In 1934, when the La Follettes founded the Wisconsin Progressive Party, the Progressive Party obtained a ballot line in California and ran seven candidates (all unsuccessful, although Raymond L. Haight got 12.99% of the vote for Governor of California, running as a moderate against socialist and Democratic nominee Upton Sinclair). In 1936 they elected Franck R. Havenner as Congressman for California's 4th congressional district, and garnered a significant portion of the votes in some other races. Havenner became a Democrat before the 1938 race; Haight defeated eventual winner Culbert Olson in the Progressive primary election, but received only 2.43% of the vote in the general election as a Progressive; and by the time of the 1942 gubernatorial election, the Progressives were no longer on the California ballot. By 1944, Haight was again a Republican, a delegate to the Republican National Convention.

See also

References

  • Willlam B. Hesseltine; The Rise and Fall of Third Parties: From Anti-Masonry to Wallace (1948)
  • Philip LaFollette, Adventure in Politics: The Memoirs of Philip LaFollette (1970)
  • K. C. MacKay, The Progressive Movement of 1924 (1947)
  • Herbert F. Margulies; The Decline of the Progressive Movement in Wisconsin, 1890-1920 (1968)
  • Russel B. Nye; Midwestern Progressive Politics: A Historical Study of Its Origins and Development, 1870-1958 (1959)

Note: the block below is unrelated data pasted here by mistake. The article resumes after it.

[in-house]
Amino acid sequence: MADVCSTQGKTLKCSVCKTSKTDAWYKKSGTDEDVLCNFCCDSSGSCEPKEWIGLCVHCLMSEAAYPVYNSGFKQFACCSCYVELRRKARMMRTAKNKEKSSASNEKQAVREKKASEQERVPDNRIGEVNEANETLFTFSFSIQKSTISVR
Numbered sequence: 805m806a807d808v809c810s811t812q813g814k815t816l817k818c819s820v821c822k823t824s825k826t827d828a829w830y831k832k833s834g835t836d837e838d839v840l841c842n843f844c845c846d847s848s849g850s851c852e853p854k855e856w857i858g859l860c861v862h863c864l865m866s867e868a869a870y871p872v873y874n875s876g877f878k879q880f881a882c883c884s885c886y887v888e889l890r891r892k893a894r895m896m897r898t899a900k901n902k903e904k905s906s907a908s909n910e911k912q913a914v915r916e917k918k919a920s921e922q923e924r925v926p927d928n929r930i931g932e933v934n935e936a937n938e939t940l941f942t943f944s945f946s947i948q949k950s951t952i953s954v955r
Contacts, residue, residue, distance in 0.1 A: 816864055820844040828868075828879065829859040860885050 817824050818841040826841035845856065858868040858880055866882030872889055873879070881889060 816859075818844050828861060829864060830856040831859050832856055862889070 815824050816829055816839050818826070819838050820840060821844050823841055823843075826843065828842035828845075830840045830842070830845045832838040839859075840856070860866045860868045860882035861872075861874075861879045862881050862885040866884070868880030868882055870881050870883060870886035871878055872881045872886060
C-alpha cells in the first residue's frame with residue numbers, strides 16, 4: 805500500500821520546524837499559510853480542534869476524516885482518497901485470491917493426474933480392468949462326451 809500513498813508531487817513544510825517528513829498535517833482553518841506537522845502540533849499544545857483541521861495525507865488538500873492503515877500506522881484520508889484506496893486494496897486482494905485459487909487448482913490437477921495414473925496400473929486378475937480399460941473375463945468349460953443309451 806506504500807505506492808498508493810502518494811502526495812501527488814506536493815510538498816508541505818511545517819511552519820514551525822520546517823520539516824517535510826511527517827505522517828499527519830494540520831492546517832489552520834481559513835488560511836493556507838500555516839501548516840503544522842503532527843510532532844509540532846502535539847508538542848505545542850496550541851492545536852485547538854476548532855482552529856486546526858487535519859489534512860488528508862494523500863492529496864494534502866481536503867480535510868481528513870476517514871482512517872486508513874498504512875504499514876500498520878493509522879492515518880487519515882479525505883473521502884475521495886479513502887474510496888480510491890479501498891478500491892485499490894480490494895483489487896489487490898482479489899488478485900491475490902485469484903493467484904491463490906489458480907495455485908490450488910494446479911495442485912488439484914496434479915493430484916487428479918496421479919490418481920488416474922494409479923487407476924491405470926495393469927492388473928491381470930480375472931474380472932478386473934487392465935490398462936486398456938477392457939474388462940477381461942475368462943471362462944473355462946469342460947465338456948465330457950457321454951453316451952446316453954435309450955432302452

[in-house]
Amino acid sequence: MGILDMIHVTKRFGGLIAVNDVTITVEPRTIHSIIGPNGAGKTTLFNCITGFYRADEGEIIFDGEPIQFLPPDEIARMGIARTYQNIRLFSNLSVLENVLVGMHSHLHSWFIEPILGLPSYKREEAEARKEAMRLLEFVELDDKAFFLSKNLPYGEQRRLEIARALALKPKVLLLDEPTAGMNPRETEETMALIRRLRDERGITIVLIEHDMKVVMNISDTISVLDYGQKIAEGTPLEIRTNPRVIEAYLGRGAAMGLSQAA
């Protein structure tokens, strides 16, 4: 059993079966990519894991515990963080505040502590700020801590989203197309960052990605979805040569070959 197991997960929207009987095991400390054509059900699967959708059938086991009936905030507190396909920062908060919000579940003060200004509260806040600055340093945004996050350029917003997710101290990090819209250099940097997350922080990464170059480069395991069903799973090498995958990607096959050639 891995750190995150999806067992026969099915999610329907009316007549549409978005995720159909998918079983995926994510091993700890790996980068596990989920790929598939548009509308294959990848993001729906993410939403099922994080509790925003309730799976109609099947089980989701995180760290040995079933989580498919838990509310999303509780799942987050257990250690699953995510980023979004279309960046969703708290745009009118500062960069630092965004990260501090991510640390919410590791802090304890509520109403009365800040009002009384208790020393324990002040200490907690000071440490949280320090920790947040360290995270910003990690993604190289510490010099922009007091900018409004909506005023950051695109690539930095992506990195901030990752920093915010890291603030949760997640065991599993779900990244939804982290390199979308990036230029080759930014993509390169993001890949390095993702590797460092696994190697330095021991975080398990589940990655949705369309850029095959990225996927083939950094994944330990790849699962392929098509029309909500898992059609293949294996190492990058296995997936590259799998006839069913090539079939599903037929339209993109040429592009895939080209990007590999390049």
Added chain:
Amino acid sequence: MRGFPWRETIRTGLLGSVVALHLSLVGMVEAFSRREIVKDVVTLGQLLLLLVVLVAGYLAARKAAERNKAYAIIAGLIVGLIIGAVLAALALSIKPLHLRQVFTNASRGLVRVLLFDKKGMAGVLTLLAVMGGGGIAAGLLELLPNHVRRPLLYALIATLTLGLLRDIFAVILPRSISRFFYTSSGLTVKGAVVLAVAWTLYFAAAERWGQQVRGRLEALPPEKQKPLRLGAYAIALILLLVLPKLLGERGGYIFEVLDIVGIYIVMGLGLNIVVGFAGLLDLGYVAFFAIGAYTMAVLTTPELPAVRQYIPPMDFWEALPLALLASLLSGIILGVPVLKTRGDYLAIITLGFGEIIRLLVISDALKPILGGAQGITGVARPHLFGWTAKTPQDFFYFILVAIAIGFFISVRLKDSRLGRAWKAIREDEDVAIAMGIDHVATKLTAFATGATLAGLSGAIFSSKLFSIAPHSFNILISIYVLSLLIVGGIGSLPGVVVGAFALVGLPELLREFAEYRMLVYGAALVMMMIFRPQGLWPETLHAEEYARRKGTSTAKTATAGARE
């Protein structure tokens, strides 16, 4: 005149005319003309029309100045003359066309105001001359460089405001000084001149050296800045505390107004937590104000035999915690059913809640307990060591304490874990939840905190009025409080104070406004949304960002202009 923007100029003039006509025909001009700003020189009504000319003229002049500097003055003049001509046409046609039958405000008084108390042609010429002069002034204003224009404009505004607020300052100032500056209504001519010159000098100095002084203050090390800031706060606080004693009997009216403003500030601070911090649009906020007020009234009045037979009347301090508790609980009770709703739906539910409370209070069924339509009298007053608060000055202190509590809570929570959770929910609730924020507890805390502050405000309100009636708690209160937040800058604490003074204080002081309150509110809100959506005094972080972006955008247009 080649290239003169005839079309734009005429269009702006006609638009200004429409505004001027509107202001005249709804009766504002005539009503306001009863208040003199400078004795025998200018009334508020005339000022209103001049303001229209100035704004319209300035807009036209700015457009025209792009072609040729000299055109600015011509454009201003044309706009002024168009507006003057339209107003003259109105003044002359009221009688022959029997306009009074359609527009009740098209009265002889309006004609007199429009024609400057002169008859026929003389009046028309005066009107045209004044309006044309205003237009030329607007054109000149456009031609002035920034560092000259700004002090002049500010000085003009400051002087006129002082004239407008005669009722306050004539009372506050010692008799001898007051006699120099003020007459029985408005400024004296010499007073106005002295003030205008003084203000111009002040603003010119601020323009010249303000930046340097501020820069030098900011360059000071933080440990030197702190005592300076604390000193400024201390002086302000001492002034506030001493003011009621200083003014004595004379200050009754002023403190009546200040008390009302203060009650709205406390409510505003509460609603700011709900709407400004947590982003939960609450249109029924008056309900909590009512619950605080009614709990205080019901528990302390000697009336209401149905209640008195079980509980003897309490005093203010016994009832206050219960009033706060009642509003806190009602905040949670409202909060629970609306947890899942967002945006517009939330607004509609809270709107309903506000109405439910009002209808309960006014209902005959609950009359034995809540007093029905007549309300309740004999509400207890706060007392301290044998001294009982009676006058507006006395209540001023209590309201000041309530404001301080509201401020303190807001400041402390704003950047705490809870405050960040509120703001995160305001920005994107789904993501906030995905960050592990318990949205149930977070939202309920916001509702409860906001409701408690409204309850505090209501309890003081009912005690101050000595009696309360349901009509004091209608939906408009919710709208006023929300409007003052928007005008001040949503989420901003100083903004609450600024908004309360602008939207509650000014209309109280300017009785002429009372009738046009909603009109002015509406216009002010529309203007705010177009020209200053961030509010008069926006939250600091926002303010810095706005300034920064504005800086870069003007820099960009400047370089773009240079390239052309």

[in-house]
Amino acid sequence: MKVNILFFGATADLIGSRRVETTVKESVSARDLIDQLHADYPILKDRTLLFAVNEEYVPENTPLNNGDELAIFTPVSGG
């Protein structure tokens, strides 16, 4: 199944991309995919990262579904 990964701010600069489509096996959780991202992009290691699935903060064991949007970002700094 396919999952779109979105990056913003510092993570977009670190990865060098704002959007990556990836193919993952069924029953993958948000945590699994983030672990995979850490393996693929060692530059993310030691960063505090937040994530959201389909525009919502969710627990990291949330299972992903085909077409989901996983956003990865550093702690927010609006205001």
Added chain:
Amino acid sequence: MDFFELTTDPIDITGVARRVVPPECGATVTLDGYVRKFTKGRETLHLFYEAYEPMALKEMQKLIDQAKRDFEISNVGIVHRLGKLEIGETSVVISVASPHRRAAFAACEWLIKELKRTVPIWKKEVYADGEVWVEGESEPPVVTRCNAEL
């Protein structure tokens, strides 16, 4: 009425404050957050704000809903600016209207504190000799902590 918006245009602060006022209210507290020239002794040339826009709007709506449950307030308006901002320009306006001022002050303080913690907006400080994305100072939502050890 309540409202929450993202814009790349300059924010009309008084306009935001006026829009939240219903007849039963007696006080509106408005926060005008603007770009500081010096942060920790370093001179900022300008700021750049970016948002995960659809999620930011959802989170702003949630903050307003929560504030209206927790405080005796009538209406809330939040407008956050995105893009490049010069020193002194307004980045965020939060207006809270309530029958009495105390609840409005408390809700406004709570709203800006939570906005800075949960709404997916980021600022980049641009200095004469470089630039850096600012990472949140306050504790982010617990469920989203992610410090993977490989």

• Nancy C. Unger. Fighting Bob LaFollette: The Righteous Reformer (2000)

La Follette, Robert M. La Follette’s Autobiography: A Personal Narrative of Political Experiences. 1913. Reprint. Madison: University of Wisconsin Press, 1960.

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colspan="2" bgcolor="Template:Progressive Party (United States, 1924)/meta/color"|
Progressive Party
colspan="2" bgcolor="Template:Progressive Party (United States, 1924)/meta/color"|
Years active 1924 - 1946
colspan="2" bgcolor="Template:Progressive Party (United States, 1924)/meta/color"|
Political Ideology Progressivism
New Nationalism
Political Position Left-Wing
International Affiliation N/A
colspan="2" bgcolor="Template:Progressive Party (United States, 1924)/meta/color"|
Preceded by Republican Party
Progressive Party, 1912
colspan="2" bgcolor="Template:Progressive Party (United States, 1924)/meta/color"|
Succeeded by Progressive Party, 1948
colspan="2" bgcolor="Template:Progressive Party (United States, 1924)/meta/color"|
Colors N/A
colspan="2" bgcolor="Template:Progressive Party (United States, 1924)/meta/color"|
See also Politics of the U.S.

Political parties
Elections